There was a time when the mere presence of New Zealand rugby legend Jonah Lomu on the field would terrify the living daylights out of anyone in sight of him.
However, there was nothing but delight and enthusiasm when the former All Blacks winger paid an impromptu visit to the UAE sevens squad training in Dubai on Tuesday evening, providing pointers for players preparing for the Asian Sevens Series in September.
Lomu, 40, was visiting the UAE for a medical check-up and actually asked UAE Rugby Federation officials if he could visit Roelof Kotze and his squad who were training at 7he Sevens Stadium.
He ran through some drills with the star-struck mix of Emirati and expat players, who are preparing for the new domestic season as well as the two legs of the Series they will be competing at in Shanghai and Colombo in September and October.
UAE national team head coach Kotze said it was both a beneficial and enjoyable evening.
“It was a last minute thing. It wasn’t at all planned. He wanted to come to practice and asked did I mind and I said not at all, come up,” said Kotze.
“Whenever he’s here he always contacts us and we help him here and there with medical stuff. We were fetching him from the doctors and he asked if anything was happening rugby wise.
“Someone said there was training so he asked if he could come. I didn’t think any more of it. The next thing I know here comes the big man strolling down towards the pitch.”
The South African has switched his focus for the upcoming 2015/16 season as far as the sevens side of the game is concerned, deciding to re-introduce expat players to the national set-up in a bid to boost the success rate of the UAE as well as further the development of Emirati players.
— Jonathon Gelsthorpe (@JGelsthorpe) July 29, 2015
Lomu’s presence at training will also have produced a timely fillip after a fairly bleak 2014/15 sevens season, which saw the UAE failing to qualify for Rio 2016 after a poor performance at a pre-Olympic qualifier in Chennai in March.
“Some of them were shocked initially to see him there. He came in, observed the session for most of it then at one stage he just asked if I minded if he said one or two things and I said sure,” said Kotze.
“We were doing a drill and he just said he wanted to tell them one or two things about it, what they’re missing and one or two technical issues.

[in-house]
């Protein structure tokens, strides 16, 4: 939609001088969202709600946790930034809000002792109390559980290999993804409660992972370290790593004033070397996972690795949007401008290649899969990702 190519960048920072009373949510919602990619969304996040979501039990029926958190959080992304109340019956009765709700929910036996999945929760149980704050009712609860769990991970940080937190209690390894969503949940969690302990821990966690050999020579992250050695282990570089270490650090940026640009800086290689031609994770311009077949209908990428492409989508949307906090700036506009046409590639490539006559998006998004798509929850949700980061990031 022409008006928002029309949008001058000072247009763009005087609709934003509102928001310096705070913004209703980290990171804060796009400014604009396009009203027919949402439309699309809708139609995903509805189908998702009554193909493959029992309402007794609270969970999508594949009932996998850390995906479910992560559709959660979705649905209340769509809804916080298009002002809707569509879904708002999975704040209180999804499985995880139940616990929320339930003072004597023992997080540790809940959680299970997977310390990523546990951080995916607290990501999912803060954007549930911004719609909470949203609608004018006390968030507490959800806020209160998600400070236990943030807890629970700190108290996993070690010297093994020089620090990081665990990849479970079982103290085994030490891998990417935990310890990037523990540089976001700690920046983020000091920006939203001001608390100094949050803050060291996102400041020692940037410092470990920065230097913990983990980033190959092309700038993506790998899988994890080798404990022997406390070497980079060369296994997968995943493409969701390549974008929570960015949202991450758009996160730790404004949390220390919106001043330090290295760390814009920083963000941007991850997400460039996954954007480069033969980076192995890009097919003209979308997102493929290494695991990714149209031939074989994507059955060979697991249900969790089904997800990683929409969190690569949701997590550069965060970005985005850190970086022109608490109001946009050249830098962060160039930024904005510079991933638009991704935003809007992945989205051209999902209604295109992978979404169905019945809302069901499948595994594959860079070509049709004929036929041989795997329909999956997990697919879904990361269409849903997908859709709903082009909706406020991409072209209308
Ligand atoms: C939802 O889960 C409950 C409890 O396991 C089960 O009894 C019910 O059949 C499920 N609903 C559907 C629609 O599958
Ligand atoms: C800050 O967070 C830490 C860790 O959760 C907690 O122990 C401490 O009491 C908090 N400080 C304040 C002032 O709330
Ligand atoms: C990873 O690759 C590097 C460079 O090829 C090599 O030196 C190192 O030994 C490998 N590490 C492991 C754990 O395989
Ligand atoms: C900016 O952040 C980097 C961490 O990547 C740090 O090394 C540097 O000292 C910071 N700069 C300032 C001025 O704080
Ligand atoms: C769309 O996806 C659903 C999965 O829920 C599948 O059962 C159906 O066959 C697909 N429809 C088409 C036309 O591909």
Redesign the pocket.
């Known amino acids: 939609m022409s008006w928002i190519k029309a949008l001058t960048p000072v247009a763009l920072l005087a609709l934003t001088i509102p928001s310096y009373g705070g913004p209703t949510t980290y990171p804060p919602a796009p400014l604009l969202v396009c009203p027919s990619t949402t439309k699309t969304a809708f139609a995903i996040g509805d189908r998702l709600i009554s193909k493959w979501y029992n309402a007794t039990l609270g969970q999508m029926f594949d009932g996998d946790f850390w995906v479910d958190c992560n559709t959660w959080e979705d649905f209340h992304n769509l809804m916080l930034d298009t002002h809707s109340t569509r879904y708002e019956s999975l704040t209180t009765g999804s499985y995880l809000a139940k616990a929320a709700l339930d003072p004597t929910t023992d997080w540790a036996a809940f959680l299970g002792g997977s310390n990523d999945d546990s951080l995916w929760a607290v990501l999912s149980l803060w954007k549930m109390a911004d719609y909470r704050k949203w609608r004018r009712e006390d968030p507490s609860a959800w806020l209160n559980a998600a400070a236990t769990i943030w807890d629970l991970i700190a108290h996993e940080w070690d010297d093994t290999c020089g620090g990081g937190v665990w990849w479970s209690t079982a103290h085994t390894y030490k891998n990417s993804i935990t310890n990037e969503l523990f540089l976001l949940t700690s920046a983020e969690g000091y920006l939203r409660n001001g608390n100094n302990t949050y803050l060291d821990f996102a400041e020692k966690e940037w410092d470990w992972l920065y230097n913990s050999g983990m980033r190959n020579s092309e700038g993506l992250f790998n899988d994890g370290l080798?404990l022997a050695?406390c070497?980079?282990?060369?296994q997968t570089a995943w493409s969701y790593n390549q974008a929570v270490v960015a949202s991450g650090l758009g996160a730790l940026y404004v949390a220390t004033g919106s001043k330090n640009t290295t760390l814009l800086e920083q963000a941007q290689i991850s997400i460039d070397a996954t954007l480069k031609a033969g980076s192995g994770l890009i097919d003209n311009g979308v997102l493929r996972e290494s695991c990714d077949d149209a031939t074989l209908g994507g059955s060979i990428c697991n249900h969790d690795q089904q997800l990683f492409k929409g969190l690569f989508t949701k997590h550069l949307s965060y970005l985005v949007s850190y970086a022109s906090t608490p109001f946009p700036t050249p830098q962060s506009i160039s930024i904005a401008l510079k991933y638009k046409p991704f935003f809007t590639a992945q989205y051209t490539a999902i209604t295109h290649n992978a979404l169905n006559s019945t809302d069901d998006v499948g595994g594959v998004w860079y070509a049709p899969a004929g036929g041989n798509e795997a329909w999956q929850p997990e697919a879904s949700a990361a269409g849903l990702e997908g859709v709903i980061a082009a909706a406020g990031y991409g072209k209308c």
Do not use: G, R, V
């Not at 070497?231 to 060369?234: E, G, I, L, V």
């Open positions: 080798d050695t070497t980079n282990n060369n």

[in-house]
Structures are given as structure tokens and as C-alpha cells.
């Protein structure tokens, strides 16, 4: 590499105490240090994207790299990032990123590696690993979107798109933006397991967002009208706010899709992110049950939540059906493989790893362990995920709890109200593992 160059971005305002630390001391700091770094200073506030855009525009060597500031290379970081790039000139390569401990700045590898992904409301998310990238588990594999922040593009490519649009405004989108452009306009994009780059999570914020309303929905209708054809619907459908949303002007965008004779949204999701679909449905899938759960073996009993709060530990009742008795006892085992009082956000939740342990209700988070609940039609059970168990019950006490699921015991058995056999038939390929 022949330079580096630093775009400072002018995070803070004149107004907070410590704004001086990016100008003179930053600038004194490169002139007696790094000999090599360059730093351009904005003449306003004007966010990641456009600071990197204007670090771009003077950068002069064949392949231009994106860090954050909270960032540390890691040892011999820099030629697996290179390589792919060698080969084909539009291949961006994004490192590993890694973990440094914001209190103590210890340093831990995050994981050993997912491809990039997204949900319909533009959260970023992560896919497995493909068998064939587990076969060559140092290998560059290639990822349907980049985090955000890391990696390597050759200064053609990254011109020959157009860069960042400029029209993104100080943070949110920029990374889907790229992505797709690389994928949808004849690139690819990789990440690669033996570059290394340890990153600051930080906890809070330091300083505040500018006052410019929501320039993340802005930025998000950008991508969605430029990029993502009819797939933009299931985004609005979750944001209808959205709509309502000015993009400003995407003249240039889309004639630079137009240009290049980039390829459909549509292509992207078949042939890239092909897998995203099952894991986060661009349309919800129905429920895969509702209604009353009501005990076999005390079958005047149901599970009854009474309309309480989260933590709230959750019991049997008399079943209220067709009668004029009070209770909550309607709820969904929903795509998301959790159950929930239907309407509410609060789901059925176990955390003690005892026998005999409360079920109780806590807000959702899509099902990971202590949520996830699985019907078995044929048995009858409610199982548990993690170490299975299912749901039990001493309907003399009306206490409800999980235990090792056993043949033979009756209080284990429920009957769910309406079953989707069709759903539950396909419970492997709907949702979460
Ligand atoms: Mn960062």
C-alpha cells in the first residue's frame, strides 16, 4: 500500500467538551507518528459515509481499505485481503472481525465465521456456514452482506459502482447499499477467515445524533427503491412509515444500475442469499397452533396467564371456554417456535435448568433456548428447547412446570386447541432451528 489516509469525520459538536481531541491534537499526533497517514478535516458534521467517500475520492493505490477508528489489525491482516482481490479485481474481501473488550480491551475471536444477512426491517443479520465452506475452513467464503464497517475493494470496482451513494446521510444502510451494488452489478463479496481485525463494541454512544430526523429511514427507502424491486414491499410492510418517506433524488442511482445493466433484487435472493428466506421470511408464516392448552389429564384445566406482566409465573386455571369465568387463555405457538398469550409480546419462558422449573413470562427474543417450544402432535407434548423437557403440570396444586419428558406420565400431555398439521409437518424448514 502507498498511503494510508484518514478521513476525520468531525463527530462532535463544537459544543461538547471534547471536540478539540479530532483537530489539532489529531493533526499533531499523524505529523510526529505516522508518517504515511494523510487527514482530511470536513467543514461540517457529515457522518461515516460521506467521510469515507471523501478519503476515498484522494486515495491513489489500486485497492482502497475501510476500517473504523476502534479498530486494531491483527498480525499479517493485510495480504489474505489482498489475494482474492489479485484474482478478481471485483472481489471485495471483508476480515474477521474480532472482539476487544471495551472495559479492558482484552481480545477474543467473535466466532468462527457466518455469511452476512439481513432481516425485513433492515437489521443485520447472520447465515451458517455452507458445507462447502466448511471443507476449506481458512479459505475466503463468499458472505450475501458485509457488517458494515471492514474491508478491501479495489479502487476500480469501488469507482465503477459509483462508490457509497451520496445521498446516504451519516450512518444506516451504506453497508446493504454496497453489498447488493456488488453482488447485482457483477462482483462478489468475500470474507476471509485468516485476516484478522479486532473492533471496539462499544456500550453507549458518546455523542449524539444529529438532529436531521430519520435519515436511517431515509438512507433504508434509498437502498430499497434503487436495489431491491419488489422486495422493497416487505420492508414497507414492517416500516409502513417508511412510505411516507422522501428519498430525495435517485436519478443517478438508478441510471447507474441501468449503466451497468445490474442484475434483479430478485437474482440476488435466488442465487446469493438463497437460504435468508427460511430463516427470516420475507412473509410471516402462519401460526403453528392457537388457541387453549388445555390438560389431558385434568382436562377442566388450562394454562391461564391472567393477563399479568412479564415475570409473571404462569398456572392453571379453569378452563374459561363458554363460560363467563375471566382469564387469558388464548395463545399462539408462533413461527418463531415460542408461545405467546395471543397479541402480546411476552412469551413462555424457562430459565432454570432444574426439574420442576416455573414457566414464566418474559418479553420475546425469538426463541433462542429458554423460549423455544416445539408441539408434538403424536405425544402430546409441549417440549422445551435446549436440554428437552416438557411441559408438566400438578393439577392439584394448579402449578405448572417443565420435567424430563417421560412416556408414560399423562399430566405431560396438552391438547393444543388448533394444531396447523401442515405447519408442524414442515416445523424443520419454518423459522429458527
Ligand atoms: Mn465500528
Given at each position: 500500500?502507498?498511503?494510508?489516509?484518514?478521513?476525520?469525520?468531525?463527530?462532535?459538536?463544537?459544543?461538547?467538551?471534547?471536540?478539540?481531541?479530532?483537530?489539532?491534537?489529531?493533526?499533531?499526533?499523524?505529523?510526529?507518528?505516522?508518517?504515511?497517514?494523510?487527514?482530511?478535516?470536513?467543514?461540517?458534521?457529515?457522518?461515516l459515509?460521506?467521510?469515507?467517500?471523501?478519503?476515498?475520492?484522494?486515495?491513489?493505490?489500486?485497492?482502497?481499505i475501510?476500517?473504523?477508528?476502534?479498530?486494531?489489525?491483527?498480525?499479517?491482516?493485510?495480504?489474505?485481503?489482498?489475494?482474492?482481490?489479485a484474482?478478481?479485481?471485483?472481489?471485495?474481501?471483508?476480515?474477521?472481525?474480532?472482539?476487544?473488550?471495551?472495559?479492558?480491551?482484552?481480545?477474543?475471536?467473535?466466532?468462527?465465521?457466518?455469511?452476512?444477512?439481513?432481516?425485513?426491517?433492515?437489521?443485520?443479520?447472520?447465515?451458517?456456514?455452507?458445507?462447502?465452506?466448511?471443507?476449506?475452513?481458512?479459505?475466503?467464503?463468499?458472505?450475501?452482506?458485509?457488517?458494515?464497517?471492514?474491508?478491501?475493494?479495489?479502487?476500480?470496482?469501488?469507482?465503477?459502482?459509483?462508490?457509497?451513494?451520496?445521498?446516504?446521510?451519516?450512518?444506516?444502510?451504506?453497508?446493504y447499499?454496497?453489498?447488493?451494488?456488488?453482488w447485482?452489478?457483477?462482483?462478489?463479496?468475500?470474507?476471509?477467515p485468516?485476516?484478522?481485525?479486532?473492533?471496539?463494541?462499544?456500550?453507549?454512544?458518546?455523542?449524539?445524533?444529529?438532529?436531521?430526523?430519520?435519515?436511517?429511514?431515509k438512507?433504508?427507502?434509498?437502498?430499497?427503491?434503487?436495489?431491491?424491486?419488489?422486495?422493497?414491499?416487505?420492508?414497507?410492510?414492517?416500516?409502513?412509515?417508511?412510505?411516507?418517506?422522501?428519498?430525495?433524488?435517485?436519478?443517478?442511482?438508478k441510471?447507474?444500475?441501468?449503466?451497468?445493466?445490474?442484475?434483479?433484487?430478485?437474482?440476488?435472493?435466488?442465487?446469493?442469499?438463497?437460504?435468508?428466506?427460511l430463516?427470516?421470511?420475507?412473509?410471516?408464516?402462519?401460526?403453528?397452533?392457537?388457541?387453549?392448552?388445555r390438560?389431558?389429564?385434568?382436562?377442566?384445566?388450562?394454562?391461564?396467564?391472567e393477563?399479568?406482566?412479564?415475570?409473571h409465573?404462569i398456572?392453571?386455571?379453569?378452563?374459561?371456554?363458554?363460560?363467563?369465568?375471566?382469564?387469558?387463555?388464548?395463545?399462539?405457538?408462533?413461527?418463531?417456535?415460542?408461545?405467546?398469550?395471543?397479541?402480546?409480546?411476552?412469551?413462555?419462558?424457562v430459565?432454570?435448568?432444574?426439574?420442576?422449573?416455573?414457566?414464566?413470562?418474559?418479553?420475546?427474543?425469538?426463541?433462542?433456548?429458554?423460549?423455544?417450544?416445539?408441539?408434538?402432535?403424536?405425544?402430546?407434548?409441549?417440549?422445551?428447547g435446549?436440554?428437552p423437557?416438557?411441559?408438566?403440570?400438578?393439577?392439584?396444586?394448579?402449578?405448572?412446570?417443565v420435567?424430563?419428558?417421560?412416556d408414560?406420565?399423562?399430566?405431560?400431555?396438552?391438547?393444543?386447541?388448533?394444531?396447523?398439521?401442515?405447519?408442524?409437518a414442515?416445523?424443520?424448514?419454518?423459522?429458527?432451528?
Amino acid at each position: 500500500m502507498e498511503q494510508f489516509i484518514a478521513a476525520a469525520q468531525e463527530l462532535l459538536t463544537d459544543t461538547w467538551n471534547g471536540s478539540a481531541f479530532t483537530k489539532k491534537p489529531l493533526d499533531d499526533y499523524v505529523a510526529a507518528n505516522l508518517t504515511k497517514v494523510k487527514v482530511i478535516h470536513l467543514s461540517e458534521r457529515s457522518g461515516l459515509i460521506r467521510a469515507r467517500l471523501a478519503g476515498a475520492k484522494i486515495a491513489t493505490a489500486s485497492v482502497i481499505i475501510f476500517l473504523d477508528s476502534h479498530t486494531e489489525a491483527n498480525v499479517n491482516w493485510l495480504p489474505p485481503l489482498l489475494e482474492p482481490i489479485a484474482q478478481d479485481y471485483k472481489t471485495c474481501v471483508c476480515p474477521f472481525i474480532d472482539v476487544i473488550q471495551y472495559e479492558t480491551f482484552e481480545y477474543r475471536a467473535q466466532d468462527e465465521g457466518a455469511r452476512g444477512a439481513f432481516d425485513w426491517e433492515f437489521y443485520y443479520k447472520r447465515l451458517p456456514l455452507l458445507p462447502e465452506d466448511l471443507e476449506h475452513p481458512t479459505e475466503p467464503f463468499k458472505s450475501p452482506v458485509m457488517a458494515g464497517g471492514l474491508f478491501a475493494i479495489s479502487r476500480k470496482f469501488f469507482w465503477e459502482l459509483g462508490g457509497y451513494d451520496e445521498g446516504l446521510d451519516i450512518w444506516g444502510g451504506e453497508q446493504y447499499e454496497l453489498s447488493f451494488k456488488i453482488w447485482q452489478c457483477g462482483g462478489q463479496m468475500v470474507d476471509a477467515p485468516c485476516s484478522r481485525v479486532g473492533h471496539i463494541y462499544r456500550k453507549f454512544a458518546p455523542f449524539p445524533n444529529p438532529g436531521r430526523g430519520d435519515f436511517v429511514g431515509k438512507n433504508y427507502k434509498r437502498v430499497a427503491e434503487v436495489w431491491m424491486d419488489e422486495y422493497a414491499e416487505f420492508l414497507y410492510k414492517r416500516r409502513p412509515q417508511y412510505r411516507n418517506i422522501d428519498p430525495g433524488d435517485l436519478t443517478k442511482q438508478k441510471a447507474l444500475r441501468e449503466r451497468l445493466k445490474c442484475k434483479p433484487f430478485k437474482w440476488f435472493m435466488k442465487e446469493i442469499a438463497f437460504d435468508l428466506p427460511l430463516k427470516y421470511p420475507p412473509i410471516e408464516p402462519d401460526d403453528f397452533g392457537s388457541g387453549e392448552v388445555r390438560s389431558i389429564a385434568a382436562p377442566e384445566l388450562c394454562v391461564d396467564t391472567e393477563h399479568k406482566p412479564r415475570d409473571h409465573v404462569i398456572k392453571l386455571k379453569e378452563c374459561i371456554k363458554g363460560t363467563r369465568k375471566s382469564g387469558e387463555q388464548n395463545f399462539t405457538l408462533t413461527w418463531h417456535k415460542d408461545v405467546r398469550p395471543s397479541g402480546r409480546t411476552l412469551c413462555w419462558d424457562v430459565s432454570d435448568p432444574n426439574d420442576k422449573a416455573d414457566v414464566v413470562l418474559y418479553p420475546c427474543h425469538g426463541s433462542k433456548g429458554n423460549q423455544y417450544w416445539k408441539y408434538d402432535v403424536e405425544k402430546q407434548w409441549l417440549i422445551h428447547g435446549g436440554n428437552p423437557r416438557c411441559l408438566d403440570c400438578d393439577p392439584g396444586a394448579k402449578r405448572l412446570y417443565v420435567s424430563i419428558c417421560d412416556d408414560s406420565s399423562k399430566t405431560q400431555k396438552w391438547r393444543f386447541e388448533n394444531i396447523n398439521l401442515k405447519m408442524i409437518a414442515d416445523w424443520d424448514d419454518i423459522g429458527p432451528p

“He called the boys in and gave them one or two pointers, on the technical aspects of the breakdown and communicating.
“Communication has developed because there are guys that obviously don’t speak Arabic and guys that don’t speak English. He came on and told the guys they were too quiet. That was good because that’s what I’ve been telling them.
“Great minds think alike I guess, although I wouldn’t put myself in with him.”
— UAE Rugby Federation (@uaerugby) July 28, 2015
Kotze paid tribute to Lomu, who also attended a training session the last time he was in the UAE in 2014, when he was a guest at the inaugural UAE Rugby Annual Awards.
Lomu even said he feels the team has improved in the last 12 months.
Kotze added: “Afterwards the players all wanted to have their photos taken with him. It was really good and a nice evening. It was great for the guys. I’m sure everybody there was chuffed to see him and hear what he had to say.
“He’s a nice guy. He was very complimentary, he said the guys were looking better than the last time he saw them. He thinks there’s been an improvement.
“He was here for the UAE Rugby Annual Awards last year and attended one of our sessions and now he’s come out again, so it was nice to hear from him.
“I spoke to him about coming again. When he’s around next I’ll definitely get him in. He always offers to come along when he’s here so perhaps next time we’ll just make it more formal.”
Adel Al Hendi believes his injury woes of last season are behind him and he is looking ahead to the 2015/16 campaign with Abu Dhabi Harlequins and the UAE.